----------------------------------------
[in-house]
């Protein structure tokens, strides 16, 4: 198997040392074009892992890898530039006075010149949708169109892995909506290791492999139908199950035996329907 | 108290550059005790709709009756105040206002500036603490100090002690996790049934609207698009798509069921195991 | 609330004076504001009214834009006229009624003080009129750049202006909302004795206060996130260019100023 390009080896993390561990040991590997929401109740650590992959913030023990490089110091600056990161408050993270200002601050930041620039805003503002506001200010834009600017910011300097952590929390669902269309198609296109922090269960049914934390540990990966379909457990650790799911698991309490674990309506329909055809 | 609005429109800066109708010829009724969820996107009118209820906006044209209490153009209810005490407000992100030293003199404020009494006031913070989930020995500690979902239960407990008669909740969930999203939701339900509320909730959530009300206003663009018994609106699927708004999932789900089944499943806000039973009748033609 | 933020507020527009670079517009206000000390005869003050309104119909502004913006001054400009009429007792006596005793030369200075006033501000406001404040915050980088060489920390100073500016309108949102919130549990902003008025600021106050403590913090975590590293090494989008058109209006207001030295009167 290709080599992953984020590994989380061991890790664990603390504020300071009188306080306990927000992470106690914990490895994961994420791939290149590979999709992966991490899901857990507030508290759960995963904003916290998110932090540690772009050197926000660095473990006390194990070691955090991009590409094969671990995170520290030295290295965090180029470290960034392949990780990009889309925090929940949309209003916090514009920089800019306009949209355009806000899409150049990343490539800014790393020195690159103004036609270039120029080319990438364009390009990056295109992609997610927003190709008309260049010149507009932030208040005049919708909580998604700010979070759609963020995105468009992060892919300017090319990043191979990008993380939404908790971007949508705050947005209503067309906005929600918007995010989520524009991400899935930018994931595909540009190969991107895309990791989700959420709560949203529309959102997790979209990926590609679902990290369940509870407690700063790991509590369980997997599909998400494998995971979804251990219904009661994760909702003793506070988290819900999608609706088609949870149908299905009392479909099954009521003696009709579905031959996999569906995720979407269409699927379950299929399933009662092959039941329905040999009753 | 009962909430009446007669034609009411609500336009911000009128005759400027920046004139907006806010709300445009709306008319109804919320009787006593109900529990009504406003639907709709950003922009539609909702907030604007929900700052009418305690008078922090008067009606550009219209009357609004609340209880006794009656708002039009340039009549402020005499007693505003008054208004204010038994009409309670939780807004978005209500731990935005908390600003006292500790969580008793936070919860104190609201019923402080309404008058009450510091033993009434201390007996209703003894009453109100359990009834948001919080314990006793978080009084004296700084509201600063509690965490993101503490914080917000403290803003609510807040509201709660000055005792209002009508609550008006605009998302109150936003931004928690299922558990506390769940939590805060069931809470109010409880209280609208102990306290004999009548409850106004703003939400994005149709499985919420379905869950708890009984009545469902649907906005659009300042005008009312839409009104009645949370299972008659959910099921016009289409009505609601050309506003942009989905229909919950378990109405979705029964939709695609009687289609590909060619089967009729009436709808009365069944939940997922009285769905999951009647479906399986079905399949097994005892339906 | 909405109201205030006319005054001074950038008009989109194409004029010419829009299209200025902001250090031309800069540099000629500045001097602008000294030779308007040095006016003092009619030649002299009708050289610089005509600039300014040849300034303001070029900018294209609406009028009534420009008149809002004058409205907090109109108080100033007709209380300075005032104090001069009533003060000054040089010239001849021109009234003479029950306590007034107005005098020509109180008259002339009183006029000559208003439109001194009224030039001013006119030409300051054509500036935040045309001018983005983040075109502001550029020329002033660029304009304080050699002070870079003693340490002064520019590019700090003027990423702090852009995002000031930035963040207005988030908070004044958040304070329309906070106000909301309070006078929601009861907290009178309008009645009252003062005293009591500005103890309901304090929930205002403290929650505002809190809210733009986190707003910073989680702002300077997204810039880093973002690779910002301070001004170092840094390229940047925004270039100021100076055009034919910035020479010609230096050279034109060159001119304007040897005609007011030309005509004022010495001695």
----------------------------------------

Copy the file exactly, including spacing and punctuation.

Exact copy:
[in-house]
């Protein structure tokens, strides 16, 4: 198997040392074009892992890898530039006075010149949708169109892995909506290791492999139908199950035996329907 | 108290550059005790709709009756105040206002500036603490100090002690996790049934609207698009798509069921195991 | 609330004076504001009214834009006229009624003080009129750049202006909302004795206060996130260019100023 390009080896993390561990040991590997929401109740650590992959913030023990490089110091600056990161408050993270200002601050930041620039805003503002506001200010834009600017910011300097952590929390669902269309198609296109922090269960049914934390540990990966379909457990650790799911698991309490674990309506329909055809 | 609005429109800066109708010829009724969820996107009118209820906006044209209490153009209810005490407000992100030293003199404020009494006031913070989930020995500690979902239960407990008669909740969930999203939701339900509320909730959530009300206003663009018994609106699927708004999932789900089944499943806000039973009748033609 | 933020507020527009670079517009206000000390005869003050309104119909502004913006001054400009009429007792006596005793030369200075006033501000406001404040915050980088060489920390100073500016309108949102919130549990902003008025600021106050403590913090975590590293090494989008058109209006207001030295009167 290709080599992953984020590994989380061991890790664990603390504020300071009188306080306990927000992470106690914990490895994961994420791939290149590979999709992966991490899901857990507030508290759960995963904003916290998110932090540690772009050197926000660095473990006390194990070691955090991009590409094969671990995170520290030295290295965090180029470290960034392949990780990009889309925090929940949309209003916090514009920089800019306009949209355009806000899409150049990343490539800014790393020195690159103004036609270039120029080319990438364009390009990056295109992609997610927003190709008309260049010149507009932030208040005049919708909580998604700010979070759609963020995105468009992060892919300017090319990043191979990008993380939404908790971007949508705050947005209503067309906005929600918007995010989520524009991400899935930018994931595909540009190969991107895309990791989700959420709560949203529309959102997790979209990926590609679902990290369940509870407690700063790991509590369980997997599909998400494998995971979804251990219904009661994760909702003793506070988290819900999608609706088609949870149908299905009392479909099954009521003696009709579905031959996999569906995720979407269409699927379950299929399933009662092959039941329905040999009753 | 009962909430009446007669034609009411609500336009911000009128005759400027920046004139907006806010709300445009709306008319109804919320009787006593109900529990009504406003639907709709950003922009539609909702907030604007929900700052009418305690008078922090008067009606550009219209009357609004609340209880006794009656708002039009340039009549402020005499007693505003008054208004204010038994009409309670939780807004978005209500731990935005908390600003006292500790969580008793936070919860104190609201019923402080309404008058009450510091033993009434201390007996209703003894009453109100359990009834948001919080314990006793978080009084004296700084509201600063509690965490993101503490914080917000403290803003609510807040509201709660000055005792209002009508609550008006605009998302109150936003931004928690299922558990506390769940939590805060069931809470109010409880209280609208102990306290004999009548409850106004703003939400994005149709499985919420379905869950708890009984009545469902649907906005659009300042005008009312839409009104009645949370299972008659959910099921016009289409009505609601050309506003942009989905229909919950378990109405979705029964939709695609009687289609590909060619089967009729009436709808009365069944939940997922009285769905999951009647479906399986079905399949097994005892339906 | 909405109201205030006319005054001074950038008009989109194409004029010419829009299209200025902001250090031309800069540099000629500045001097602008000294030779308007040095006016003092009619030649002299009708050289610089005509600039300014040849300034303001070029900018294209609406009028009534420009008149809002004058409205907090109109108080100033007709209380300075005032104090001069009533003060000054040089010239001849021109009234003479029950306590007034107005005098020509109180008259002339009183006029000559208003439109001194009224030039001013006119030409300051054509500036935040045309001018983005983040075109502001550029020329002033660029304009304080050699002070870079003693340490002064520019590019700090003027990423702090852009995002000031930035963040207005988030908070004044958040304070329309906070106000909301309070006078929601009861907290009178309008009645009252003062005293009591500005103890309901304090929930205002403290929650505002809190809210733009986190707003910073989680702002300077997204810039880093973002690779910002301070001004170092840094390229940047925004270039100021100076055009034919910035020479010609230096050279034109060159001119304007040897005609007011030309005509004022010495001695």